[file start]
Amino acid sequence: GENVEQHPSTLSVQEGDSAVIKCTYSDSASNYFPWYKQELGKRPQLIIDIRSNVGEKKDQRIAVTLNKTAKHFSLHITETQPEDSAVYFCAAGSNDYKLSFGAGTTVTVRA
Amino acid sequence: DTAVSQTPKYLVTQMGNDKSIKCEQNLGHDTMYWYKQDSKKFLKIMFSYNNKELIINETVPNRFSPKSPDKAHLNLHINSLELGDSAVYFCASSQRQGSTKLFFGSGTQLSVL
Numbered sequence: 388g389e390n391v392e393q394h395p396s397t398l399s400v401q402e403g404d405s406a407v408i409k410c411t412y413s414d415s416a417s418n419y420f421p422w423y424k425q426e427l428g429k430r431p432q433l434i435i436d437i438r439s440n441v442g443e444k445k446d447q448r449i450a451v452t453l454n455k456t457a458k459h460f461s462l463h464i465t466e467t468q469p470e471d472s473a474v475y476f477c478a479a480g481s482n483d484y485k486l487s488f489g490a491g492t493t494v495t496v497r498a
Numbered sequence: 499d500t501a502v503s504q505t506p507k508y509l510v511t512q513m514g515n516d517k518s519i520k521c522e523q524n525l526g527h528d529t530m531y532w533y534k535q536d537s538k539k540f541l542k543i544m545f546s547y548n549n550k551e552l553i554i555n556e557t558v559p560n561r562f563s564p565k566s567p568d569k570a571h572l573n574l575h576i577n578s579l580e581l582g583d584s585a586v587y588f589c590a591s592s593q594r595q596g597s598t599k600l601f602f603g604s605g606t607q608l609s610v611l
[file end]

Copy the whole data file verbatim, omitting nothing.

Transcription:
Amino acid sequence: GENVEQHPSTLSVQEGDSAVIKCTYSDSASNYFPWYKQELGKRPQLIIDIRSNVGEKKDQRIAVTLNKTAKHFSLHITETQPEDSAVYFCAAGSNDYKLSFGAGTTVTVRA
Amino acid sequence: DTAVSQTPKYLVTQMGNDKSIKCEQNLGHDTMYWYKQDSKKFLKIMFSYNNKELIINETVPNRFSPKSPDKAHLNLHINSLELGDSAVYFCASSQRQGSTKLFFGSGTQLSVL
Numbered sequence: 388g389e390n391v392e393q394h395p396s397t398l399s400v401q402e403g404d405s406a407v408i409k410c411t412y413s414d415s416a417s418n419y420f421p422w423y424k425q426e427l428g429k430r431p432q433l434i435i436d437i438r439s440n441v442g443e444k445k446d447q448r449i450a451v452t453l454n455k456t457a458k459h460f461s462l463h464i465t466e467t468q469p470e471d472s473a474v475y476f477c478a479a480g481s482n483d484y485k486l487s488f489g490a491g492t493t494v495t496v497r498a
Numbered sequence: 499d500t501a502v503s504q505t506p507k508y509l510v511t512q513m514g515n516d517k518s519i520k521c522e523q524n525l526g527h528d529t530m531y532w533y534k535q536d537s538k539k540f541l542k543i544m545f546s547y548n549n550k551e552l553i554i555n556e557t558v559p560n561r562f563s564p565k566s567p568d569k570a571h572l573n574l575h576i577n578s579l580e581l582g583d584s585a586v587y588f589c590a591s592s593q594r595q596g597s598t599k600l601f602f603g604s605g606t607q608l609s610v611l